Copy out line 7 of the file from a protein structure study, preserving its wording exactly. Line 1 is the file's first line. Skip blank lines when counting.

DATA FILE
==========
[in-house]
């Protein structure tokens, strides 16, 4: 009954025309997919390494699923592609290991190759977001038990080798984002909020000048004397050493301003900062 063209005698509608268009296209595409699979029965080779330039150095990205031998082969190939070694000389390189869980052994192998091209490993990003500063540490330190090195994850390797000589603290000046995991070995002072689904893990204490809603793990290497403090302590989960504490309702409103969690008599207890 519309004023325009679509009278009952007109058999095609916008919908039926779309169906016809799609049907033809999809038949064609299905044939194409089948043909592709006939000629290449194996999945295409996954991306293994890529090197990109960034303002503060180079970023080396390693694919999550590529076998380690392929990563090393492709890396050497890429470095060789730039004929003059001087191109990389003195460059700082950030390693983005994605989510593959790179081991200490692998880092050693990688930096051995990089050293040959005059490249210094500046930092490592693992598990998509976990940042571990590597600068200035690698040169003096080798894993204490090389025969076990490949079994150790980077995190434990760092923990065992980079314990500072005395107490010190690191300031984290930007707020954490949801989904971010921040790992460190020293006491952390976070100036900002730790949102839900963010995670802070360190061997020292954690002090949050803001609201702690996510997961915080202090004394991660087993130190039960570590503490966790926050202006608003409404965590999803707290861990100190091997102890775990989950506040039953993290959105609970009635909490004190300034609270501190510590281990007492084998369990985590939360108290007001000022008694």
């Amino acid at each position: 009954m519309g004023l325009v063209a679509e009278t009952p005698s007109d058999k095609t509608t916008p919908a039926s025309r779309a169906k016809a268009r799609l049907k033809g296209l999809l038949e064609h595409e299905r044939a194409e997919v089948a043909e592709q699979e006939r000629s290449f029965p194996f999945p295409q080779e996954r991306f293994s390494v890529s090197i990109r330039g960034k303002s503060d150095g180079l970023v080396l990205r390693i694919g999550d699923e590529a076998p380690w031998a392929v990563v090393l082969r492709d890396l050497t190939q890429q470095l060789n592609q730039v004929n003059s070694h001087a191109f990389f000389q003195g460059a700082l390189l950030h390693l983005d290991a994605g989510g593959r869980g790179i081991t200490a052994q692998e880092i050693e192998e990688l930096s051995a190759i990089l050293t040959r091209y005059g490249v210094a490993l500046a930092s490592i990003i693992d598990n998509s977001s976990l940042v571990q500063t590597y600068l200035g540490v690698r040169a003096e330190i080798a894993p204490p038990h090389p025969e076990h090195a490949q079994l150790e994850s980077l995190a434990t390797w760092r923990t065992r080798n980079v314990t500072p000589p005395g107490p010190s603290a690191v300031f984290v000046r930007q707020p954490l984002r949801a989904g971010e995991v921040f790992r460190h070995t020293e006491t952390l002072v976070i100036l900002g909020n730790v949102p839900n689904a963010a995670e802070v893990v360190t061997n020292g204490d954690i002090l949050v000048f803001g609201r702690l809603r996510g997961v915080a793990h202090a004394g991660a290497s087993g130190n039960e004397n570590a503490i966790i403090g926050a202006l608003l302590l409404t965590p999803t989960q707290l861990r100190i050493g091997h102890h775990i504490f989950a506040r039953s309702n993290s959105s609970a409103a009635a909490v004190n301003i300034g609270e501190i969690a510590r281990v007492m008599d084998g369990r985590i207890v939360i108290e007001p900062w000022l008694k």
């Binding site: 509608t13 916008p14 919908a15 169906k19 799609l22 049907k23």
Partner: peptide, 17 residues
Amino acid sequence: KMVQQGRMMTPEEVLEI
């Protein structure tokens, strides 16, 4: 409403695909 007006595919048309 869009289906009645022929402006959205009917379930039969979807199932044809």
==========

């Protein structure tokens, strides 16, 4: 409403695909 007006595919048309 869009289906009645022929402006959205009917379930039969979807199932044809």